Oct 19, 2009

The Wish Maker - By Ali Sethi

I have a penchant for picking up famous titles. Of course, when I actually pick them up, I vaguely remember that the books are famous for some reason. The only reason is perhaps that publishing houses are rather active nowadays in splashing the name and author of a new book before it’s out in the market. So that’s how I ended up picking up this book. I was also in for a pleasant surprise when I discovered that the author was a Pakistani and not an Indian Muslim as I had assumed. I have always been eager to try and discover cultural nuances and similarities among our geographical neighbours and I feel that books are one small way towards achieving this goal.
Ali Sethi is a young writer albeit an experienced one. Of course in my opinion, some writers have inborn talent and the remaining few manage to reach desired levels after years of cultivation of the habit. It’s difficult to compartmentalize Sethi in such specific divisions but he has the sparks of talent.
The protagonist Zaki Shirazi is perhaps the only male character in spotlight and in the entire duration of story telling, he even appears dwarfed by the female characters around him; his mother Zakia, Daadi (paternal grandmother), cousin Samar Api and servant Naseem.

People usually have this wrong notion that working women are the only ones who exert their personality and housewives are an example of docility. None of Zaki’s women, who are housewives (except for his mother) really rebel against tradition but they are firm in asserting their own rights wherever required. Whether it is Daadi refusing to stay with her wily mother-in-law, Samar exerting herself in her relationship or the servant Naseem who manages to buy a wagon for her son or wangle a trip to Mecca, these women refuses to be bullied by life. However, Zaki’s mother is the real heroine. And as according to the author’s extracted quotation of the Prophet, Paradise lies at the feet of the mother.

Taking difficult decisions on her own, bringing up Zaki as a single parent, and running a progressive women’s magazine, she might also be expected to impart a similar liveliness to her son as well. And this is probably where Sethi disappoints. Zaki doesn’t seem to have a definite personality as expected from a protagonist. Instead he absorbs life’s nuances as they come upon him, unlike his female relatives who fight their way out. This might also be an extension of Sethi’s view of preferred male behaviour where according to Zaki’s Urdu poetry spouting teacher, the men should know their place and observe modesty just as the women should. And this tone runs throughout the entire story.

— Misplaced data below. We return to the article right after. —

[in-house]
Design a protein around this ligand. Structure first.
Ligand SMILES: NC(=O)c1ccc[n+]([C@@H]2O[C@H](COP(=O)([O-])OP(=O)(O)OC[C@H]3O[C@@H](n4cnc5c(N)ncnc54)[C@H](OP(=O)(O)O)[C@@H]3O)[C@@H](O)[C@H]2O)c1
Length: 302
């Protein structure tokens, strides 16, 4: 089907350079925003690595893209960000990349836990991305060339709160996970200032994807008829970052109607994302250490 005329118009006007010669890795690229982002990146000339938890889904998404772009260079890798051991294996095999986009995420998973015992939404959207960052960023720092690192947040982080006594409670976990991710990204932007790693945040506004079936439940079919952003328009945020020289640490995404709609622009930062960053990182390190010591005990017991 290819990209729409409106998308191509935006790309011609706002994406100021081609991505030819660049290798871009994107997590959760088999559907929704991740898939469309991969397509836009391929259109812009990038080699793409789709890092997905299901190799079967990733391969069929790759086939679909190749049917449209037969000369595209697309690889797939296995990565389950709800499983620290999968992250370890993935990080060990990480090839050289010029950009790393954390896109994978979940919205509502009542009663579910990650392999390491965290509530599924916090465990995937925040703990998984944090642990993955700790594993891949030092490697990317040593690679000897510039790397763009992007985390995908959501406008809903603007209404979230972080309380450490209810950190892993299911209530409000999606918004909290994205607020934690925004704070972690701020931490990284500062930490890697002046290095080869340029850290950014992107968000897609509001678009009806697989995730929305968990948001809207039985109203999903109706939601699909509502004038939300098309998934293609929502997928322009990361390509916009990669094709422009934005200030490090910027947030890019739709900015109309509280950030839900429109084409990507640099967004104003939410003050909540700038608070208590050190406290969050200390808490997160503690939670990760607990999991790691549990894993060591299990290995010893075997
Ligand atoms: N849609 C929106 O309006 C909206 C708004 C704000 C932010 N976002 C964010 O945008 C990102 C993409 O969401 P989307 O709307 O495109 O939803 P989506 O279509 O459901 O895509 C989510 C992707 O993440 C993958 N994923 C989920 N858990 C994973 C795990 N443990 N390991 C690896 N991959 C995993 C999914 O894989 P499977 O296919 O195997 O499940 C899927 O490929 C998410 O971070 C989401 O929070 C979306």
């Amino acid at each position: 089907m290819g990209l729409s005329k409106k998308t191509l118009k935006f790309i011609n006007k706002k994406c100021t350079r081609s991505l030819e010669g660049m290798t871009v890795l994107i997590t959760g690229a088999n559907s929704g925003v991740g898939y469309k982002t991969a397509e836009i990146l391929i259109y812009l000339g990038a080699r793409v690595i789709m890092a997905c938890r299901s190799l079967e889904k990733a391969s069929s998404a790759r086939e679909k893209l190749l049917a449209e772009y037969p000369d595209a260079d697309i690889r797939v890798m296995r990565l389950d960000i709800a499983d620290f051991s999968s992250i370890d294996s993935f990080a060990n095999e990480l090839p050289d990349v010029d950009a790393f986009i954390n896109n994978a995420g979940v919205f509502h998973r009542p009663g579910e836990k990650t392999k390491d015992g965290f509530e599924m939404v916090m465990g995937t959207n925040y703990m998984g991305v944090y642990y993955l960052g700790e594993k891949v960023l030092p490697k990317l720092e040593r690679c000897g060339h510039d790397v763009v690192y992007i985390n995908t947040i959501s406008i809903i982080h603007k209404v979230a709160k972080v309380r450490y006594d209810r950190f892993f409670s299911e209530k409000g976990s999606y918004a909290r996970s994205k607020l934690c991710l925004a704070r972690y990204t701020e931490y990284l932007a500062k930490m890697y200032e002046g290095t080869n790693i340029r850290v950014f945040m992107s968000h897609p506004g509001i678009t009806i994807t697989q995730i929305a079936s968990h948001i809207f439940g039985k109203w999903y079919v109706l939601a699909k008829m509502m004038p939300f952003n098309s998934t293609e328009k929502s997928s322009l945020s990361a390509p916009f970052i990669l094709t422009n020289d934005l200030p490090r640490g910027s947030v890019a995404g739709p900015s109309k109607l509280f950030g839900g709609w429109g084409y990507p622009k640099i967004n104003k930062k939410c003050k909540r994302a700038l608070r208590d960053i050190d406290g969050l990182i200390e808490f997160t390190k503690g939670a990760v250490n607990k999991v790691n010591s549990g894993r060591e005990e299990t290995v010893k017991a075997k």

Another peculiarity of The Wish Maker is that Sethi mentions a lot of big events – the India-Pakistan partition, different elections and regimes in Pakistan but he just touches upon them. One can know little of the impact of these life-changing events on the story’s characters because even they comment very little on them. The best part of the book is the way different time-periods are interspersed and almost glide towards completing the whole story ; and of course the climactic last line ” ..your Amitabh has arrived”.
Overall it is a nice read but somehow I still feel I didn’t learn much about the Pakistani culture, or is it my biased mindset which expects a whale of differences between the two countries that probably are still as similar as they were before the night of 15 August 1947.
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